A shareholder who also served as a senior manager opened a competing company.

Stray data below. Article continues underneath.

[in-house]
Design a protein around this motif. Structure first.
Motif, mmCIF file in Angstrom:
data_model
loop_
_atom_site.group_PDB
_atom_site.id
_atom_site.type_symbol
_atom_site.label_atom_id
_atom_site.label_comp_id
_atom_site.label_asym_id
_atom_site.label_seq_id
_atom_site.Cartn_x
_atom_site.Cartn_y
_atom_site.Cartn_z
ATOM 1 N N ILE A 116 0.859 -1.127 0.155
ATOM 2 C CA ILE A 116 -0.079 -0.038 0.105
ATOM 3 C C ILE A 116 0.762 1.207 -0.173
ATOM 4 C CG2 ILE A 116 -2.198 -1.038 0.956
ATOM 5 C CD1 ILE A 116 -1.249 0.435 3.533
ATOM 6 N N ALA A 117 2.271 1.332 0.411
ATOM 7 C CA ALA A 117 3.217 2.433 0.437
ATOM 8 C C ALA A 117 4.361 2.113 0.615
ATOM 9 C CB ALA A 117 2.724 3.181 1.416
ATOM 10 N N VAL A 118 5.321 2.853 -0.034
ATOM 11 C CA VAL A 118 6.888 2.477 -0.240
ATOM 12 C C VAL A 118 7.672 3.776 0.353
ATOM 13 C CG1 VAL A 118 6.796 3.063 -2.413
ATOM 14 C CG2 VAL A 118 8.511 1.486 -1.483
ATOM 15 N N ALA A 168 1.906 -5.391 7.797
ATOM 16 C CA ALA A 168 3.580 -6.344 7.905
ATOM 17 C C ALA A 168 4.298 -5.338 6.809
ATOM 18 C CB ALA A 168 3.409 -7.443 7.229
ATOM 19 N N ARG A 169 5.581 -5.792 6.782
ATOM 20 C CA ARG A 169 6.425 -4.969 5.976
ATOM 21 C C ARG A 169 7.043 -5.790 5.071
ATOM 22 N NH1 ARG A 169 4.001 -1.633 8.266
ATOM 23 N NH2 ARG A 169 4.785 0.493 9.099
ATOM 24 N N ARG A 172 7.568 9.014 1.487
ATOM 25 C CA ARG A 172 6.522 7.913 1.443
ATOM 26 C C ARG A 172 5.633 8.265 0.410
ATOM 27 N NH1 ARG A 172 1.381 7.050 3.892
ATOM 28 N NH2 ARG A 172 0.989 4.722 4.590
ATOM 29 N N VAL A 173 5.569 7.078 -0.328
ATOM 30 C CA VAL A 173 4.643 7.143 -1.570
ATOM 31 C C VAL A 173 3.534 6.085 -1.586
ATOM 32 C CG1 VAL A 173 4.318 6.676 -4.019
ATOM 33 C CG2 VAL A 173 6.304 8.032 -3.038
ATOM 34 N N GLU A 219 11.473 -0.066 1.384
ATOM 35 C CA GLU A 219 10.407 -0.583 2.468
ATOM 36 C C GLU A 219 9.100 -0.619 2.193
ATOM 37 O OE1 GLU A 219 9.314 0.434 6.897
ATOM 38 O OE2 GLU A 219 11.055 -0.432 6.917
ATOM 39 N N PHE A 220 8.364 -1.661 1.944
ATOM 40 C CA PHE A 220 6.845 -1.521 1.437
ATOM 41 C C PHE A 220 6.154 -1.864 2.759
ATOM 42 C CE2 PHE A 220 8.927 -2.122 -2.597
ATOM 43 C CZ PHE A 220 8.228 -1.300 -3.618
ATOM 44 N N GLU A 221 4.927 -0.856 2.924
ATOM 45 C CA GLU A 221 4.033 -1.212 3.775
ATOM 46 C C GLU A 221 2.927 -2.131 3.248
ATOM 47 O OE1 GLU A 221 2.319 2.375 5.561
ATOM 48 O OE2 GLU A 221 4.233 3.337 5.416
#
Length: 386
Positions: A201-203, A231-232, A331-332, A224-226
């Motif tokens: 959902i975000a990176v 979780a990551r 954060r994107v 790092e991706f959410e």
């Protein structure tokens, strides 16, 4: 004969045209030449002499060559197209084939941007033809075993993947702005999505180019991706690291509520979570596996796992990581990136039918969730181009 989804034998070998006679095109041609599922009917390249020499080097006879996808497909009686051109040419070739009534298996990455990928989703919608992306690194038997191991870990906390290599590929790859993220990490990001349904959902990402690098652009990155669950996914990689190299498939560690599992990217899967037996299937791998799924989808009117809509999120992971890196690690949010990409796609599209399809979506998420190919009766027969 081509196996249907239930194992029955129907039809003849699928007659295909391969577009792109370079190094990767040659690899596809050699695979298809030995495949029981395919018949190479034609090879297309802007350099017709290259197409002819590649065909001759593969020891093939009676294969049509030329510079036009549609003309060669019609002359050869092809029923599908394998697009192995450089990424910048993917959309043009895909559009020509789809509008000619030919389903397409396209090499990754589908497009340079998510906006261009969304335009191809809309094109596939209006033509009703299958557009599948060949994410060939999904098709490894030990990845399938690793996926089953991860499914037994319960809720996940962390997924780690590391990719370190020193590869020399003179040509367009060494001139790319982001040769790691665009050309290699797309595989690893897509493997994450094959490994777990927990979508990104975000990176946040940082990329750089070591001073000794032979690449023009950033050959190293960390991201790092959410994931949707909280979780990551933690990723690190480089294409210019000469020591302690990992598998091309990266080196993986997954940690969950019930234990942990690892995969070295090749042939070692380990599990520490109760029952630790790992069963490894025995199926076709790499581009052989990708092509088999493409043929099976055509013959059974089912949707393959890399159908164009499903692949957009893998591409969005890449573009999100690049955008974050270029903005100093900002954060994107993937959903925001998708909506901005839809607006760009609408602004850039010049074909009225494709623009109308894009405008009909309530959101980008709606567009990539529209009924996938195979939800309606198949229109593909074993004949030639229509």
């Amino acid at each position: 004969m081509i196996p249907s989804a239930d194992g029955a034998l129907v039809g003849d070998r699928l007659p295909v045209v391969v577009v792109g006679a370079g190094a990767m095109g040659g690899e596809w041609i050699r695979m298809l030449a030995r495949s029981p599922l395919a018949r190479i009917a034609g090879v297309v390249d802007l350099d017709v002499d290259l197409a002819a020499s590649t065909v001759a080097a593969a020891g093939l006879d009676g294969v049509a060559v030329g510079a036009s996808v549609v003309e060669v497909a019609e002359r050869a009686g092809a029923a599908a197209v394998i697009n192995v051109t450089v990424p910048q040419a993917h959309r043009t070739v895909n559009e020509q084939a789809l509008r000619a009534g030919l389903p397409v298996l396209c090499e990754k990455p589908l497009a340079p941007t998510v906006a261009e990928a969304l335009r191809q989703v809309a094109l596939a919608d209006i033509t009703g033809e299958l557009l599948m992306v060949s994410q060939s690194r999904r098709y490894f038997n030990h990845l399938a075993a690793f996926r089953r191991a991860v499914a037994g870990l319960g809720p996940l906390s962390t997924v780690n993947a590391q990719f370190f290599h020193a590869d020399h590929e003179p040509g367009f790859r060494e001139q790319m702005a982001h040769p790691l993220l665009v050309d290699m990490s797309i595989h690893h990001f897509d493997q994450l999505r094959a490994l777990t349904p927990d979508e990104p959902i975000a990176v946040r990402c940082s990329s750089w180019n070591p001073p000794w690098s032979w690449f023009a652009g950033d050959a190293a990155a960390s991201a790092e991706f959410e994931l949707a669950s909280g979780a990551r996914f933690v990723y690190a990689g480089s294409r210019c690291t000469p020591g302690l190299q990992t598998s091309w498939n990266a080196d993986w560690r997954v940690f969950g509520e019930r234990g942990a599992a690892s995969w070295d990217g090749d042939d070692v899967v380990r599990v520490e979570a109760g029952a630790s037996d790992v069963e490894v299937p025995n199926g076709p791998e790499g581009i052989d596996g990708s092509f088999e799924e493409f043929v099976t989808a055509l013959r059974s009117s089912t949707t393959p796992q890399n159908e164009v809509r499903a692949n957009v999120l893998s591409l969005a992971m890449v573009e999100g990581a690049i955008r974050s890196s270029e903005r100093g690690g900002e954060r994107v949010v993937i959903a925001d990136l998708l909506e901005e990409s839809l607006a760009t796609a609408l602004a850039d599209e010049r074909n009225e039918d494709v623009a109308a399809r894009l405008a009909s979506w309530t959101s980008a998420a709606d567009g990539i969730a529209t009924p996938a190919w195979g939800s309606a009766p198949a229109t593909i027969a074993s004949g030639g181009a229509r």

The Court held that the manager’s activity in the competing business constitutes a breach of his obligations to the company. The main duty imposed on an officer in a company is to act solely for the benefit of the company and to advance the company's purposes. From this general obligation derive sub-obligations such as the obligation to avoid situations of conflict of interest which includes avoiding competition with the company's business and not taking advantage of any company business opportunity for his own purposes. The imposition of the duty of trust on an officer stems from the desire to restrain a person's power to act on another's property and applies to officers according to an examination of that officer’s position in the company, with only those with a substantial role and power to act and direct the company's activities are under such obligations. Here, the manager held a senior management position in the company and used, even prior to the end of his employment with the company, the company's list of suppliers and customers, and the company's agreements with them to establish a competing venture. Thus, the manager breached his fiduciary duty as an officer and therefore was ordered to compensate the company for the damages caused to it.